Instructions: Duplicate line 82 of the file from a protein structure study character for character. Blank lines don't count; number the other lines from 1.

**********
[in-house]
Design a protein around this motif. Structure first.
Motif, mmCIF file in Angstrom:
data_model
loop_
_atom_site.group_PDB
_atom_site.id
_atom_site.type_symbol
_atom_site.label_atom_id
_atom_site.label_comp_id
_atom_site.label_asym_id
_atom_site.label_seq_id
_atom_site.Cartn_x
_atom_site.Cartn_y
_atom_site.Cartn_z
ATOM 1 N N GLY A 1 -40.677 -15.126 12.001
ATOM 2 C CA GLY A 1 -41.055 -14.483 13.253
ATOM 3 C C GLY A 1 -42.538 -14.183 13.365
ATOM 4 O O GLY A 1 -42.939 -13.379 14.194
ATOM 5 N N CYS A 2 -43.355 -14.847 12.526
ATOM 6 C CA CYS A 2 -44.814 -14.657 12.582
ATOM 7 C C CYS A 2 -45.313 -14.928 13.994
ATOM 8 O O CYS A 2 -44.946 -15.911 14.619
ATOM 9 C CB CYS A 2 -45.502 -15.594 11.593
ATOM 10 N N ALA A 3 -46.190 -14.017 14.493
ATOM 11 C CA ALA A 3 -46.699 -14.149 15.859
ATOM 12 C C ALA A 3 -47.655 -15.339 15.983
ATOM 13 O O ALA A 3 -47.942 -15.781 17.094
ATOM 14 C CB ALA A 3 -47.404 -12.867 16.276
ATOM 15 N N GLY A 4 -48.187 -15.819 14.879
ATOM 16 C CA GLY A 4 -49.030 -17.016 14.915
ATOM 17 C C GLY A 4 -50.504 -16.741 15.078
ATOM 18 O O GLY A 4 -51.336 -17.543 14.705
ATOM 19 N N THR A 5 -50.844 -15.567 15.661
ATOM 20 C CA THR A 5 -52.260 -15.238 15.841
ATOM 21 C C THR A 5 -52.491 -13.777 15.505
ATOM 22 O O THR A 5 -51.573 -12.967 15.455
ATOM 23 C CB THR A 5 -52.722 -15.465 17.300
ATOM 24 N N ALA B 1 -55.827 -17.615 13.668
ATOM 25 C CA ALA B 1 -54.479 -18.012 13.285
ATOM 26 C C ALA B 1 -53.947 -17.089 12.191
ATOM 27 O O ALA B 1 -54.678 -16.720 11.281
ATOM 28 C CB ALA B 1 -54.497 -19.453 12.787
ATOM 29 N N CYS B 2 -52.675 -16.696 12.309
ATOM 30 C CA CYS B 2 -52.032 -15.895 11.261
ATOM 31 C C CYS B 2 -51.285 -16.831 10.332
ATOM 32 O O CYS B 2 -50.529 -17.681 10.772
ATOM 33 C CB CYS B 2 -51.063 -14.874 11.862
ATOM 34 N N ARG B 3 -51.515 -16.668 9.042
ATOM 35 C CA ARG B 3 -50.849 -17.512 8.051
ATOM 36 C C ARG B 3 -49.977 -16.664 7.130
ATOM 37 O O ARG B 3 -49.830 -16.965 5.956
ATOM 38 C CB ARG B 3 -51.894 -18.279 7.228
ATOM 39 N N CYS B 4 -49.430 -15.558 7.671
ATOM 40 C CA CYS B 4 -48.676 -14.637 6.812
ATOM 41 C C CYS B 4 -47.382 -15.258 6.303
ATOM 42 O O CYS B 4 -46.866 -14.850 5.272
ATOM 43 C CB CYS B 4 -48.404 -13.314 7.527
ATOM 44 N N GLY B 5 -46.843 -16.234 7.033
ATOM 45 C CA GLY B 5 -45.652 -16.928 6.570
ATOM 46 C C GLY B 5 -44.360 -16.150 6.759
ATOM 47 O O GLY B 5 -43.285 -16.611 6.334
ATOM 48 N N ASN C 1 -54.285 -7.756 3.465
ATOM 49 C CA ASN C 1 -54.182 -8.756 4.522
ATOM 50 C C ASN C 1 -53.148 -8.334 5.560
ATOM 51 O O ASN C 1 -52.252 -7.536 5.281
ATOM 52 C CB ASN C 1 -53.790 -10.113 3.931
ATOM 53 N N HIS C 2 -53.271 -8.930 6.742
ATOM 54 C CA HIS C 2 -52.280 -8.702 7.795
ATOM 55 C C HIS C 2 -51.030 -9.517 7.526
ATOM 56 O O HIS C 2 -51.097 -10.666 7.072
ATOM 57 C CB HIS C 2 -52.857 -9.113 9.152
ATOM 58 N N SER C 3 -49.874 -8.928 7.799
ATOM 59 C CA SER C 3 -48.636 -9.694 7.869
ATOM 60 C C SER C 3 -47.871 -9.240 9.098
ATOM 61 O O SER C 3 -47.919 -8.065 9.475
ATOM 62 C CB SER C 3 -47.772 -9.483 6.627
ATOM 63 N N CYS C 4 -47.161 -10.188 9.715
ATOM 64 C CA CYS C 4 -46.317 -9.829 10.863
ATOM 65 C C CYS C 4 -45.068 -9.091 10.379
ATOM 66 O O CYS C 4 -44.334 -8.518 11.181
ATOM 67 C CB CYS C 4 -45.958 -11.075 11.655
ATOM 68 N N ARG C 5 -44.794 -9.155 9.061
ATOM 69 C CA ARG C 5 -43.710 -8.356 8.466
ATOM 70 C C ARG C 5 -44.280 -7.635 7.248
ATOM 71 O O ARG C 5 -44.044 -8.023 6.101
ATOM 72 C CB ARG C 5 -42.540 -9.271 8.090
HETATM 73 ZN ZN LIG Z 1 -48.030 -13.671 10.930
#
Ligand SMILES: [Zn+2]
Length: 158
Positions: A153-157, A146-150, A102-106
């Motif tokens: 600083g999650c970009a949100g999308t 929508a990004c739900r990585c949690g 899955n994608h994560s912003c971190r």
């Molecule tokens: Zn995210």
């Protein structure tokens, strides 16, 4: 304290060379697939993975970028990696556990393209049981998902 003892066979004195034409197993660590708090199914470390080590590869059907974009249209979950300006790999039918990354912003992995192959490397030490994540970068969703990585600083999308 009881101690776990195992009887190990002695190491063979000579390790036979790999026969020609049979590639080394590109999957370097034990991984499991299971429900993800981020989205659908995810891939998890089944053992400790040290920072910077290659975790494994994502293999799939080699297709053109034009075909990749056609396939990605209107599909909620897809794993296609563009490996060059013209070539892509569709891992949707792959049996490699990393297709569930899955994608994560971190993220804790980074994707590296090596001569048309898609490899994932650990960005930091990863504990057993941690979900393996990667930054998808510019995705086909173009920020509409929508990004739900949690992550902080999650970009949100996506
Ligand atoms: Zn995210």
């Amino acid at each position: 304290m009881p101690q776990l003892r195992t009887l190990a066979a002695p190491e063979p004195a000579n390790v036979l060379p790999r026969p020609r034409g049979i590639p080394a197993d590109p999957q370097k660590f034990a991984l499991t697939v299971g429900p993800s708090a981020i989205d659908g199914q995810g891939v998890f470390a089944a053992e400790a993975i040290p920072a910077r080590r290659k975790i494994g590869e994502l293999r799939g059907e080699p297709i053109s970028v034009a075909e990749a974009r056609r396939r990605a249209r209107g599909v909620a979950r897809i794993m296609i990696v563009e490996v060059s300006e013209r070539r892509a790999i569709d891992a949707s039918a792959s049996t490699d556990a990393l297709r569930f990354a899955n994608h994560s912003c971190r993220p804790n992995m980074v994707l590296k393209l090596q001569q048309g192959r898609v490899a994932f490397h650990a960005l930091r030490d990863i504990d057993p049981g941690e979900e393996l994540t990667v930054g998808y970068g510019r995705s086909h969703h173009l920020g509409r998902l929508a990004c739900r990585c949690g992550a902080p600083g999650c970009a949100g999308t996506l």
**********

ATOM 67 C CB CYS C 4 -45.958 -11.075 11.655